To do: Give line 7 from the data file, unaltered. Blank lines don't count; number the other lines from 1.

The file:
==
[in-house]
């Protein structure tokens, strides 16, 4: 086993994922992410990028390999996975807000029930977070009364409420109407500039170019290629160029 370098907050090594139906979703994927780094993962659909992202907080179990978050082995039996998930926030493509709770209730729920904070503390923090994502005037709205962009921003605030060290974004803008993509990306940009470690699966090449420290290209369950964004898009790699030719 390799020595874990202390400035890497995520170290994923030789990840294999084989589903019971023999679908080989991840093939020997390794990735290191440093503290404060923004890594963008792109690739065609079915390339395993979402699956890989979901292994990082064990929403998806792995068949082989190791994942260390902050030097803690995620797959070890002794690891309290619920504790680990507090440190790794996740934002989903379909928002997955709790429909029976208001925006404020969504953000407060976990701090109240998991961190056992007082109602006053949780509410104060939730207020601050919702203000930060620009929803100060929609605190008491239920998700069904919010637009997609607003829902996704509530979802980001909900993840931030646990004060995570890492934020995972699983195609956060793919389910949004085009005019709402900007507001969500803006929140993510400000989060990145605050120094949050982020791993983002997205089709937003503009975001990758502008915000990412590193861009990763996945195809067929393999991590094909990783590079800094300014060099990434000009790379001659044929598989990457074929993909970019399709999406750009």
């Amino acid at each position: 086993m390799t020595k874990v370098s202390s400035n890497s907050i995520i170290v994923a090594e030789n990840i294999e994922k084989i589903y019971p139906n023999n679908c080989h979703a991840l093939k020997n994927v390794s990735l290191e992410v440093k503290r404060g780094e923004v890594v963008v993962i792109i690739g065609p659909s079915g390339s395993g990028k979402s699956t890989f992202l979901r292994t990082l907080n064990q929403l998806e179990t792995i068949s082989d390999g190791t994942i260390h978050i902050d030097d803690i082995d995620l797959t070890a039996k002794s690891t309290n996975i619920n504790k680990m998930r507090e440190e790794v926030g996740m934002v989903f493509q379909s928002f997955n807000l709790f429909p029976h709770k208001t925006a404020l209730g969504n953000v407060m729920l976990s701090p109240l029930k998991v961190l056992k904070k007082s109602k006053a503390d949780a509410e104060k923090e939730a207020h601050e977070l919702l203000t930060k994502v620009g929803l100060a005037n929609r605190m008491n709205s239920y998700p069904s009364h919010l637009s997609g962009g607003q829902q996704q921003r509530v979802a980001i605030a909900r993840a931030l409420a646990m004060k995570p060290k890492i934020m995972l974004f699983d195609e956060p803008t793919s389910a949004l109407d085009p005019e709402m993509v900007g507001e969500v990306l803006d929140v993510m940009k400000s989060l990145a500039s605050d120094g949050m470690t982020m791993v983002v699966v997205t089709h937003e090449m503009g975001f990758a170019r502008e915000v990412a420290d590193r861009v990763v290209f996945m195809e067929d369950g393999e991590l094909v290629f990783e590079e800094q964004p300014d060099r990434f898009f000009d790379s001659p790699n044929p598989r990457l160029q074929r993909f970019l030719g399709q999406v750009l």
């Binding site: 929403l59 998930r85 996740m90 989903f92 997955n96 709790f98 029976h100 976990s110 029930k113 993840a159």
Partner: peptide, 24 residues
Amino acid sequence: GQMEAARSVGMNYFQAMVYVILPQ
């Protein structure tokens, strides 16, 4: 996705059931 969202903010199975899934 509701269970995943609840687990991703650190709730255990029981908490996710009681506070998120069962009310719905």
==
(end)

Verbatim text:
């Protein structure tokens, strides 16, 4: 996705059931 969202903010199975899934 509701269970995943609840687990991703650190709730255990029981908490996710009681506070998120069962009310719905």